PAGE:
Yes. Davitt came from a Fenian tradition which is obviously a republican tradition, you know, and it contemplated at some point the possibility of an insurrection against the British state and the setting up of an Irish republic. The failure of the Fenian movement in the 1860s in which Davitt had been involved and ended up spending quite a bit of time in jail, led Davitt to rethinking the strategy that was needed and he ... When he was in jail he jotted down writings that he thought ... Rather than concentrating on a purely military rising, that there, if you like, should be social republicanism around this slogan of ‘Land For The People’ ... the development of a mass movement. He certainly did not rule out in any way an insurrection. He thought first of all you had to have absolutely mass support for a movement and that’s how Davitt went into launching the Land League. He’d already got the support of the Fenian brotherhood in the United States for taking that view. It was called the New Departure at that time. I mean, in the United States there was still a lot of support for a pure military struggle. You can almost see a dialectic at work as well when the Land League is surging forward and getting massive support, then the Fenians in the United States are prepared to let that go. As soon as anything is seen to be failing at that, they tend to drop that movement and go back to the idea of guns, dynamite or anything else but Davitt ...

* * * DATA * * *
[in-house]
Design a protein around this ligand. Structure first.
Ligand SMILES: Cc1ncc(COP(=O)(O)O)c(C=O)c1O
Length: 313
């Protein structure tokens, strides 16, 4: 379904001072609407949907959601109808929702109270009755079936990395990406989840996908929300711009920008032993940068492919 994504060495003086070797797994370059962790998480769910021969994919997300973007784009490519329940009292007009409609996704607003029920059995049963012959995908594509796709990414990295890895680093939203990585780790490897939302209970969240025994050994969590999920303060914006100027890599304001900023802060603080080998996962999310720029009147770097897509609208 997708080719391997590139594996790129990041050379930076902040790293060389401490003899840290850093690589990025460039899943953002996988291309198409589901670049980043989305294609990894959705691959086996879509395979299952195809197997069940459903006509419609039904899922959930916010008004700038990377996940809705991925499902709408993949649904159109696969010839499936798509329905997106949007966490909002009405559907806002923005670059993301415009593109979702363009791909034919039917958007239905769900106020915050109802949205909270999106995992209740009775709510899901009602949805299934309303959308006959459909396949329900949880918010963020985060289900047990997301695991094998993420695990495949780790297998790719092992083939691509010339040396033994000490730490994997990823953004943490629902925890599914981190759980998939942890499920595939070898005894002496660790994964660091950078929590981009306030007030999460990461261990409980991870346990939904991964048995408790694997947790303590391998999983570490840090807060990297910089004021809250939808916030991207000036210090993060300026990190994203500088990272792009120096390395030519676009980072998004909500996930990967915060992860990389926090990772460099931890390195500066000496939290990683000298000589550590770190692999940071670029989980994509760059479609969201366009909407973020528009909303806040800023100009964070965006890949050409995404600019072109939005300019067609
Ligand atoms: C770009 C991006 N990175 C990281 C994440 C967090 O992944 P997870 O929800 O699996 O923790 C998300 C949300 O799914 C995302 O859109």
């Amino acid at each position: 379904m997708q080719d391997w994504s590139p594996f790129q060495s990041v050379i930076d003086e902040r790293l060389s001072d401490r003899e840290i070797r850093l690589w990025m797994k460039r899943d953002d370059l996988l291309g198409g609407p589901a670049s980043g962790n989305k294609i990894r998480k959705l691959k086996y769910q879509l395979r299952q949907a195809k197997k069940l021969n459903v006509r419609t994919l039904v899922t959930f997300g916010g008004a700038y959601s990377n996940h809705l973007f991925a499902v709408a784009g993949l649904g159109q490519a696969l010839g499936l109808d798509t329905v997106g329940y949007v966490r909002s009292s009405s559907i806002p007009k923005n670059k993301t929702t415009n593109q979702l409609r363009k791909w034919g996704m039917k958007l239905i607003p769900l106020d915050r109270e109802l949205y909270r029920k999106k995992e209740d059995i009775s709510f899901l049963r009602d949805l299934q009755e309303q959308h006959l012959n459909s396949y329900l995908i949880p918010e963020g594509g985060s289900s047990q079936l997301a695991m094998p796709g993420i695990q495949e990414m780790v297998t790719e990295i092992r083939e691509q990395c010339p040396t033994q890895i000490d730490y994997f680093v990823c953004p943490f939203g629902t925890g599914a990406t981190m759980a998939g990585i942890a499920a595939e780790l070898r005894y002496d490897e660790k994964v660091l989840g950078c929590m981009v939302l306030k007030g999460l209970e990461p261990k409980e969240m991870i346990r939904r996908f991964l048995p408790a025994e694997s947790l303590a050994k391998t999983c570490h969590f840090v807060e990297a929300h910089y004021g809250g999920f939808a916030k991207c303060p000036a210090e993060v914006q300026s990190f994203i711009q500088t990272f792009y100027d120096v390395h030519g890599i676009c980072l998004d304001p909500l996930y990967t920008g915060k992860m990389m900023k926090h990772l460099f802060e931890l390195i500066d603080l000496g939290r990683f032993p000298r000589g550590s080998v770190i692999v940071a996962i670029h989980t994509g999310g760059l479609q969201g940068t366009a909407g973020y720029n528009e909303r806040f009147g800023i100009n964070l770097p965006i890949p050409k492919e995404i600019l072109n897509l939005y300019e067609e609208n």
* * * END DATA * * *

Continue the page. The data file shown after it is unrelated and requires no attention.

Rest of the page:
• Allan Armstrong
Tuesday 25th May 2010